interpersonal relationships, and interest in receiving care. The PDHA also included three questions about combat experiences, including whether the solider had seen anyone wounded, killed, or dead; had engaged in direct combat and discharged a weapon; or felt in great danger of being killed. The investigators did not assess for prior trauma. Of the veterans returning from Iraq (n = 222,620), Afghanistan (n = 16,318), or deployment elsewhere (Bosnia, Turkey, Uzbekistan, Kosovo, on a ship, or other; n = 64,967), 19.1%, 11.3%, and 8.5%, respectively, met the risk criteria for a mental-health problem. The 8.5% for the deployed-elsewhere soldiers was similar to the prevalence of mental-health problems reported by soldiers prior to their first deployment to OIF or OEF. The OR for OIF veterans compared to those deployed elsewhere was 2.72 (95% CI 2.63-2.80, p < 0.001). Mental-health problems were associated with combat exposure. Almost 10% of the OIF veterans, 4.7% of the OEF veterans, and 2.1% of those deployed elsewhere screened positive for PTSD.

Erickson et al. (2001) surveyed a cohort of 2949 Army veterans from Fort Devens, Massachusetts, immediately after their return from the Gulf War (time 1) and then 18-24 months later (time 2) to examine the temporal relationship between depression and PTSD. The Mississippi Scale for Combat-Related PTSD and the Brief Symptom Inventory were administered to all participants, and results were analyzed at time 2. A latent-variable, cross-lag panel model found evidence of a reciprocal relationship between PTSD and depression, which means the best-fit model includes both the progression from PTSD to depression and from depression to PTSD. Essentially, it provides some support for Kessler’s notion that each outcome could be antecedent to the other (Kessler et al. 1995). The committee notes that the use of latent variables required that an index be developed both for the measurement of PTSD and for the measurement of depression; thus, the results are not tied strictly to diagnosis, but rather to separate symptom clusters. Moreover, after adjustment for military and demographic characteristics, the results suggest that the reciprocal relationship only held up on followup at time 2 for re-experiencing and avoidance-numbing symptoms.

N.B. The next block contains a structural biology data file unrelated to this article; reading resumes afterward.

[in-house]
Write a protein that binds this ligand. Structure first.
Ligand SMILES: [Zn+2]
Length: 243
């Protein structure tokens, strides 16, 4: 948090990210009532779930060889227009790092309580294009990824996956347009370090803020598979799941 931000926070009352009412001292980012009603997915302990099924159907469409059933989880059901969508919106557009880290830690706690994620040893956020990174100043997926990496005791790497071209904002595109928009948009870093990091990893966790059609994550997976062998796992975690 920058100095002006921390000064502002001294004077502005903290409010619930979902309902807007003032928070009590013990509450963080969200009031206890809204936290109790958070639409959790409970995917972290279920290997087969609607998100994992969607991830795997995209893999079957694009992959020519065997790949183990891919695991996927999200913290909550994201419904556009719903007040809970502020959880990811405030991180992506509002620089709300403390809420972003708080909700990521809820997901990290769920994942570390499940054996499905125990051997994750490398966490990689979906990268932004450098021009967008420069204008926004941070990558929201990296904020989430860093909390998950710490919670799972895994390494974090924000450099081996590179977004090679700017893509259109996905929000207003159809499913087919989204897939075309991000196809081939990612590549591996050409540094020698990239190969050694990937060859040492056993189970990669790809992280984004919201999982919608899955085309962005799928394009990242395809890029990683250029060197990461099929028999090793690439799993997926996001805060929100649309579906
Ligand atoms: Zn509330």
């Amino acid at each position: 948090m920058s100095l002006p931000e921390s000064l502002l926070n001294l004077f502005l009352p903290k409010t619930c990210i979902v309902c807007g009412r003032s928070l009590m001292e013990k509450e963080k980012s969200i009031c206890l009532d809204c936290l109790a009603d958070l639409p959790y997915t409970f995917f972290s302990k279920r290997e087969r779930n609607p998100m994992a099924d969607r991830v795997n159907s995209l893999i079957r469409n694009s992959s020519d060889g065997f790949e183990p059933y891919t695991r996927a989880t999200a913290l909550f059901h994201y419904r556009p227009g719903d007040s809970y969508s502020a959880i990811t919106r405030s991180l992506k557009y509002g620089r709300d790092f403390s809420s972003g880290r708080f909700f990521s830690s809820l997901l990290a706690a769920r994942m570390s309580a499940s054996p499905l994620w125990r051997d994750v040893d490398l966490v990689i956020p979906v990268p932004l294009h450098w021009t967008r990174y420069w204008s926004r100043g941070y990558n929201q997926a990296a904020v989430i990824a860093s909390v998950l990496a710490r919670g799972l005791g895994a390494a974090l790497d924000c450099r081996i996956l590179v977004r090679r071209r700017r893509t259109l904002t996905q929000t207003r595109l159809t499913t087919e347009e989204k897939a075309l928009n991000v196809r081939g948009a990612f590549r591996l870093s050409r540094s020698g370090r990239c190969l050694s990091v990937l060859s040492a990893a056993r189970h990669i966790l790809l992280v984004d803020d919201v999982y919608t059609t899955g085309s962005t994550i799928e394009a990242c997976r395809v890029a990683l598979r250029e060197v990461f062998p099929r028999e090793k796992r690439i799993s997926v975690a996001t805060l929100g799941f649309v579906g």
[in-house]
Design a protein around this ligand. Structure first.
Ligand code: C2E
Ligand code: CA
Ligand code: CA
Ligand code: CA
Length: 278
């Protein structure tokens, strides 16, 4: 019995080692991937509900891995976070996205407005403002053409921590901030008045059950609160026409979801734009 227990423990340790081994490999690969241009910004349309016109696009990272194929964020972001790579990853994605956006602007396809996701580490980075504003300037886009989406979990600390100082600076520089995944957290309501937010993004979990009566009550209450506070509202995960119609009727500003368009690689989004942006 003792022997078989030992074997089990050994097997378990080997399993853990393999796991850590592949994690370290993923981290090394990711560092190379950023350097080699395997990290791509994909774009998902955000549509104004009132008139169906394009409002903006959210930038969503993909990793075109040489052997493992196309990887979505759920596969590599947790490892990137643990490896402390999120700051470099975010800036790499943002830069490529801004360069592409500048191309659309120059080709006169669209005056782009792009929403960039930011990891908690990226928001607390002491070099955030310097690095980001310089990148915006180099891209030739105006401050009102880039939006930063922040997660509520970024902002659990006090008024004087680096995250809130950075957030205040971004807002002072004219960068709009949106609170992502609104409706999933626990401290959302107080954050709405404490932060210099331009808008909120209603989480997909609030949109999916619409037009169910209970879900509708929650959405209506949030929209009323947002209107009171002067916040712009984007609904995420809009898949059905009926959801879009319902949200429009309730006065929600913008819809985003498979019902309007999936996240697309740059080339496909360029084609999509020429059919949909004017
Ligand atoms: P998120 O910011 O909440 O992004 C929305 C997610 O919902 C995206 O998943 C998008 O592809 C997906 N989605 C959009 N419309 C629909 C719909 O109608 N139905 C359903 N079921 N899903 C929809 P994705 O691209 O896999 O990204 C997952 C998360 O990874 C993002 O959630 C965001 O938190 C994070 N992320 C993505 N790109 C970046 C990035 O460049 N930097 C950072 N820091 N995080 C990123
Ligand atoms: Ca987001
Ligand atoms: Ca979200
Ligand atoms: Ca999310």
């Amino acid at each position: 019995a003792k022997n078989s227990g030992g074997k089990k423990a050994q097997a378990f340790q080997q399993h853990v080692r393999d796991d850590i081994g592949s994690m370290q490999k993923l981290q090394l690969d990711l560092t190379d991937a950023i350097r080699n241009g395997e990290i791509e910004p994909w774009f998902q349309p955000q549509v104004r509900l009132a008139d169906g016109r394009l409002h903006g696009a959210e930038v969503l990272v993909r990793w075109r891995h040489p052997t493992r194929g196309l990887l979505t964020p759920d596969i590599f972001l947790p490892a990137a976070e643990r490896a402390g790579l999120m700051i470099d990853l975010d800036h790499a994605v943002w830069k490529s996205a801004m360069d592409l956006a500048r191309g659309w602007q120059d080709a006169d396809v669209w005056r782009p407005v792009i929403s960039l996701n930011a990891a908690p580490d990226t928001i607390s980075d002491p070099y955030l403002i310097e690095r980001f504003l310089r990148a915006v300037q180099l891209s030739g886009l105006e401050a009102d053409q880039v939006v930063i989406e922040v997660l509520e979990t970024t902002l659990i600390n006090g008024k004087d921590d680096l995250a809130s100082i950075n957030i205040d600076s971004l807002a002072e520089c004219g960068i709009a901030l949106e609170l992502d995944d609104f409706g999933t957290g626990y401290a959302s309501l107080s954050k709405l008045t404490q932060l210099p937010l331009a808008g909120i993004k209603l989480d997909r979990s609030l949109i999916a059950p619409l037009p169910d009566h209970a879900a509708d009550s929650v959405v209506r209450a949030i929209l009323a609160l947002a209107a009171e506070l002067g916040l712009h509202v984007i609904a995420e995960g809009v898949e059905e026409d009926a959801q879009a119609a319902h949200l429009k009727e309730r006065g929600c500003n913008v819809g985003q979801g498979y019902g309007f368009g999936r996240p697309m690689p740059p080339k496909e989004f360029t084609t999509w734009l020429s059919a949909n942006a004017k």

Grieger et al. (2006) examined the influence of battle injury on combat-related PTSD or of depression on PTSD in 243 soldiers hospitalized after serious combat injury, including life-threatening or seriously disfiguring injuries (n = 613). The longitudinal cohort was evaluated at 1, 4, and 7 months with the PTSD Checklist; depression was assessed with the Patient Health Questionnaire. Soldiers who did not meet the criteria for PTSD or depression at 1 month but who did at 7 months were compared with soldiers who remained below the diagnostic threshold for PTSD or depression at 7 months. The investigators noted that most of the soldiers with PTSD or depression at 7 months did not meet criteria for either condition at 1 month. Moreover, at 1 month, 4.2% of the soldiers had probable PTSD and 4.4% had depression; at 4 months, 12.2% had PTSD and 8.9% had depression; and at 7 months, 12.0% had PTSD and 9.3% had depression. After controlling for demographic characteristics (age, marital status, and sex), early severity of physical problems was strongly associated with later PTSD or depression. Of those contacted, fewer than 0.5% refused to participate. The investigators note that there were no differences at 1 month in the rates of probable depression, probable PTSD, or either condition between soldiers who completed all three assessments and those who did not complete the followup assessments.

Suicide ideation was not included in this section as a psychiatric outcome itself, but, as in depression, there are consistent reports that ideation is greater in deployed veterans than in nondeployed veterans (Fontana and Rosenheck 1995a; Fu et al. 2002; Gray et al. 2002). Suicide ideation is also briefly discussed in the section “Suicide and Accidental Death.”

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